Truth is Hard and Dangerous to the Social Order

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schools should include a class called Truth Is Hard, where u get bombarded with examples of confused eyewitnesses, incorrect public outrages, studies that failed to replicate, super convincing arguments that fall apart with one additional fact u didn’t expect, etc.

Aella @Aella_Girl
Posted on X March 27, 2022

Nice idea. But I don’t think it would ever be accepted in todays K-12 schools. There are far too many people who have false beliefs which they could not tolerate being faced with overpowering evidence of their falsehood. It would disrupt the social order.

At the college level classes which include similar material do, or at least used to, exist. The book Is it really so?: A guide to clear thinking, no longer in print, was used in one of the classes I took in college. It was written by the grandfather (or perhaps great uncle) of one of my college classmates. A few days ago I went looking for it in my library and I could not find it. I’ll look again someday. I remember it as being like a one hour read. I would like to read it again.

By the same author I also had, and perhaps still have, Who Should Have Children?: An environmental and genetic approach. It is still in print. I find it to have the potential to be far more threatening to the social order. But, I expect that is not how the majority of people see it.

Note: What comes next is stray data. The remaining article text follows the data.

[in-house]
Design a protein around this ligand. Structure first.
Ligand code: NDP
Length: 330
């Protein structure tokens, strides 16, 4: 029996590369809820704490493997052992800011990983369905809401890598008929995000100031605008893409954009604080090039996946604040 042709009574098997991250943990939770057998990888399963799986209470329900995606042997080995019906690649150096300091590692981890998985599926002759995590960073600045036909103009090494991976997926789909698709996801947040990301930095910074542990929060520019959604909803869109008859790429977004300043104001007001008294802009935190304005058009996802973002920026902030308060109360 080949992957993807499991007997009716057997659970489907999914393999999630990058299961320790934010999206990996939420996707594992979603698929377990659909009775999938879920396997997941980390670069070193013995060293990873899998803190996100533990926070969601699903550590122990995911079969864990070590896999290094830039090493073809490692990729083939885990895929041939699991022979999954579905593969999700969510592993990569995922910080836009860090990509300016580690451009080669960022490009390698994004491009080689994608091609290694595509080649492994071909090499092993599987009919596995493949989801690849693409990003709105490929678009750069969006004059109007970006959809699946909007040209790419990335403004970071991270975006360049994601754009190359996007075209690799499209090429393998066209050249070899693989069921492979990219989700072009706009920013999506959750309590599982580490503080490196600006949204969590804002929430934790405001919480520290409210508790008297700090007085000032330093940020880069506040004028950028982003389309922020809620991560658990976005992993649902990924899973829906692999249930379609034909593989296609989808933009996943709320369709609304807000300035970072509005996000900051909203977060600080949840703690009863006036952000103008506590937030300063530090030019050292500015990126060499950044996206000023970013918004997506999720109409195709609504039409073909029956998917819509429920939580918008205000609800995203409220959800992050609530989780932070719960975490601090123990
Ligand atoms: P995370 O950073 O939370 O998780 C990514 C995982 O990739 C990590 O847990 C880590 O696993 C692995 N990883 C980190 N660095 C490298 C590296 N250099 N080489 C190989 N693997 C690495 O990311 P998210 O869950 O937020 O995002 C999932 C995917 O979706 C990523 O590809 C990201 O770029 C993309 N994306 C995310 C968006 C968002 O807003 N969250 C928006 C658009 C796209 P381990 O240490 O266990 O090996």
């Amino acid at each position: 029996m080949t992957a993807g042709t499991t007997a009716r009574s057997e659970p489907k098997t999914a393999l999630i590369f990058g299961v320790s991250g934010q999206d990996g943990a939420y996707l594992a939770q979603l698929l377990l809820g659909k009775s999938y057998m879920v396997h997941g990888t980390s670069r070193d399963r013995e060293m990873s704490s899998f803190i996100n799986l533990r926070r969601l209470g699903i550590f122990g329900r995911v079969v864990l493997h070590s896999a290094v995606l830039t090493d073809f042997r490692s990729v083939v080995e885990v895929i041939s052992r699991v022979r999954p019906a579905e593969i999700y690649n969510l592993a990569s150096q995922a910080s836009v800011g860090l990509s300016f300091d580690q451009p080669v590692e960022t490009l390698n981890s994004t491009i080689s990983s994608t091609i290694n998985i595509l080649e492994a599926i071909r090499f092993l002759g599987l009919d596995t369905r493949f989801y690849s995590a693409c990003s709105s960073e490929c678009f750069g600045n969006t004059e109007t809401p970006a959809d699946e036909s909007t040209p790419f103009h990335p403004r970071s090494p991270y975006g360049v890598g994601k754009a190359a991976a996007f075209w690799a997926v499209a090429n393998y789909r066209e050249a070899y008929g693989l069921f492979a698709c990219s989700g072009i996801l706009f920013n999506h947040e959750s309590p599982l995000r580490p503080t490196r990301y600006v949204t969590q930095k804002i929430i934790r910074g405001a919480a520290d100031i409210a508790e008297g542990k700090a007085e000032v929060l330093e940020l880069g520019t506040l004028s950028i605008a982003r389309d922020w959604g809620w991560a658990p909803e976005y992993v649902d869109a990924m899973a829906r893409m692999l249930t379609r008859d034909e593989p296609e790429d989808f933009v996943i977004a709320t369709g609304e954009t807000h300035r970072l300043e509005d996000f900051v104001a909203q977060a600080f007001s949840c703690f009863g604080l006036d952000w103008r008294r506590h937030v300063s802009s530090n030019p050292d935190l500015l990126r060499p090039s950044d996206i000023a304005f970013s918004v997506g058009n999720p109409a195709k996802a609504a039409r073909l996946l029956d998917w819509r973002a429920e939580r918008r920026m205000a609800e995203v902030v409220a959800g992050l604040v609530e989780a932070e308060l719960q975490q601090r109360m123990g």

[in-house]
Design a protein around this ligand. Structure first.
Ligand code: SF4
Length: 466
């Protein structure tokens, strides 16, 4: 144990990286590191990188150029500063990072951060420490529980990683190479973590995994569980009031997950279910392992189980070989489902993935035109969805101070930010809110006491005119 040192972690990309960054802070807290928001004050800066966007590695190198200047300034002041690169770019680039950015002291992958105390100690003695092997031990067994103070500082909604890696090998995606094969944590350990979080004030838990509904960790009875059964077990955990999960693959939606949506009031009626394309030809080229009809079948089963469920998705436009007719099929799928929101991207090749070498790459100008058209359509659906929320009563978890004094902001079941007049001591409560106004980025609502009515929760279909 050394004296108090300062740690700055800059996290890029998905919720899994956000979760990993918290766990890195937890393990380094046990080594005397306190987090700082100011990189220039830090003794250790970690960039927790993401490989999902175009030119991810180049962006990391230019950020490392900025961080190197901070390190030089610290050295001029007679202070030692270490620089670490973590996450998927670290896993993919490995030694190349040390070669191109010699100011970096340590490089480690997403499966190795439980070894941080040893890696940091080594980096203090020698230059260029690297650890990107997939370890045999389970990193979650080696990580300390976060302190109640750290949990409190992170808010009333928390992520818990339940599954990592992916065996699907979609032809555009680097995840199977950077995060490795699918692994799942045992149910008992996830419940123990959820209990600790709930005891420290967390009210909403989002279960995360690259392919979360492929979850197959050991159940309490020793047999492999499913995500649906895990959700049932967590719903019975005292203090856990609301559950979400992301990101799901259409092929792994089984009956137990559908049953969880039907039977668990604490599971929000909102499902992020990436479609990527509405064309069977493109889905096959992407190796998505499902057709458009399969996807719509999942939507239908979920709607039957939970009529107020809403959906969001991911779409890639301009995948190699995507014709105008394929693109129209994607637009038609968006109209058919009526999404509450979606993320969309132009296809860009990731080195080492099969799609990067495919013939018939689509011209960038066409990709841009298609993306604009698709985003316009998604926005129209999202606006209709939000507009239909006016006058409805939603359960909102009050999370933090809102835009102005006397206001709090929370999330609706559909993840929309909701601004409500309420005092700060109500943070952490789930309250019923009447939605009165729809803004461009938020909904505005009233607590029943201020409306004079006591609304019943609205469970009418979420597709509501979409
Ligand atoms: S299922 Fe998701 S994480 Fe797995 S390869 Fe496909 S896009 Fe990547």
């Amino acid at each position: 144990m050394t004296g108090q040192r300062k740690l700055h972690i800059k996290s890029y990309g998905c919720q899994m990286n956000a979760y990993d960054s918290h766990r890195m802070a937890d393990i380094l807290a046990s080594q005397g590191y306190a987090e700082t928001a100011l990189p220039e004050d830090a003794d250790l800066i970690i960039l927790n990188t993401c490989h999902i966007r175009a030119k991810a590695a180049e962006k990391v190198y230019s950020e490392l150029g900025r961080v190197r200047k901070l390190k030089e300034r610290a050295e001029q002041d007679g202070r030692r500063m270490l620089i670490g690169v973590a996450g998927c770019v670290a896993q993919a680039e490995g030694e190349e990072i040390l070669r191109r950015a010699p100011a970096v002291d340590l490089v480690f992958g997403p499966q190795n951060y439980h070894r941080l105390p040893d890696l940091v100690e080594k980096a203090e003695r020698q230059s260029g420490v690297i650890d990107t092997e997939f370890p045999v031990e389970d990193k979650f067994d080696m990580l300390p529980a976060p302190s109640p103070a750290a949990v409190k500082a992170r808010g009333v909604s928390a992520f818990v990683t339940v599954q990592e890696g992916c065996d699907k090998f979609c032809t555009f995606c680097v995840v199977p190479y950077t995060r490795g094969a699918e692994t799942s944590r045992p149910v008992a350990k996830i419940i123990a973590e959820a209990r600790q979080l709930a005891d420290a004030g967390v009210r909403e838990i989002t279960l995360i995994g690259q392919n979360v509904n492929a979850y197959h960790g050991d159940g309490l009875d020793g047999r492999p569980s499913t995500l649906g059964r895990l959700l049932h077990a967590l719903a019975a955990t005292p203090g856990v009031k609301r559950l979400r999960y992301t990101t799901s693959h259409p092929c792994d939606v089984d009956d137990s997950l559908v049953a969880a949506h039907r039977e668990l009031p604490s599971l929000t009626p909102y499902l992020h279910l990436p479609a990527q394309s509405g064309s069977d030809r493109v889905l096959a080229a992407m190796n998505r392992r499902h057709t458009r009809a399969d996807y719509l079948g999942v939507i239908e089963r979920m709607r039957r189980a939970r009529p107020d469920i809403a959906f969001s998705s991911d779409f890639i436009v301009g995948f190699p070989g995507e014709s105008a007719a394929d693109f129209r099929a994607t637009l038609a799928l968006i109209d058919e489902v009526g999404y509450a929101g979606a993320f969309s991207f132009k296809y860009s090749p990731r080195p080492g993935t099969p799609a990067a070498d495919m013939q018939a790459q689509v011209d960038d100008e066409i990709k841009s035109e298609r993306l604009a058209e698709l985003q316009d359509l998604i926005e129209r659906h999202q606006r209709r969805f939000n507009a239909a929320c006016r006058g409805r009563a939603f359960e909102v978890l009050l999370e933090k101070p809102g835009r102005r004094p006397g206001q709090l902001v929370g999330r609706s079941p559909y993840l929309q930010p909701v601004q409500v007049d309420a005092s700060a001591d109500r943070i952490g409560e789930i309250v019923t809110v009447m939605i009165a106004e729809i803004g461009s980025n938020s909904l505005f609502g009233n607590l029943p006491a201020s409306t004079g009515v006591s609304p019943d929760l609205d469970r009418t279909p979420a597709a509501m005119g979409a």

10 thoughts on “Truth is Hard and Dangerous to the Social Order

  1. That’s the problem with schools now. They try to bombard students with examples. That only works to a certain point.
    Whole word english is a classic example. They teach you vows, then bombard you with words.
    To this day I can’t spell worth a damn.
    On the other hand, someone taught phonics. Will sound out and spell words correctly without having to imagine the whole word in their mind before spelling it.
    Teaching people to think critically is not that hard. It’s just the most un-desirable of outcomes for the management class of super-stupid running our world right now.
    Imagine people being able to look up the carbon cycle in nature. Then do the math on how much CO2 humans are in control of. (Less than 5% of the 400 PPM total, if your asking.)
    That would totally blow trillions of dollars’ worth of “green energy” scams right out of water. To say nothing of the losses in political power?
    Imagine telling LA, smog is your problem. I’m tuning my car for top performance. Global warming-climate change-were all going to die tomorrow if you don’t do what we say, rather than what we do!
    Is bullshit, and we got the proof.
    Bombarding people, (especially kids that can’t hardly sit still for 10 mins.) doesn’t work. Except when obeying authority training is the desired outcome.
    You have to let them fail, then guide them back. Then let them fail again.
    Teaching them to examine their failures. Then they can start examining others failures. And spotting failures before there made.
    Which is what true society should want for its people.

  2. Government schools and colleges would never teach such a class.
    They want “truth” to be consistent, palatable, boring, delivered from the Arbiters Of Truth from On High. They do NOT want people capable of critical thinking.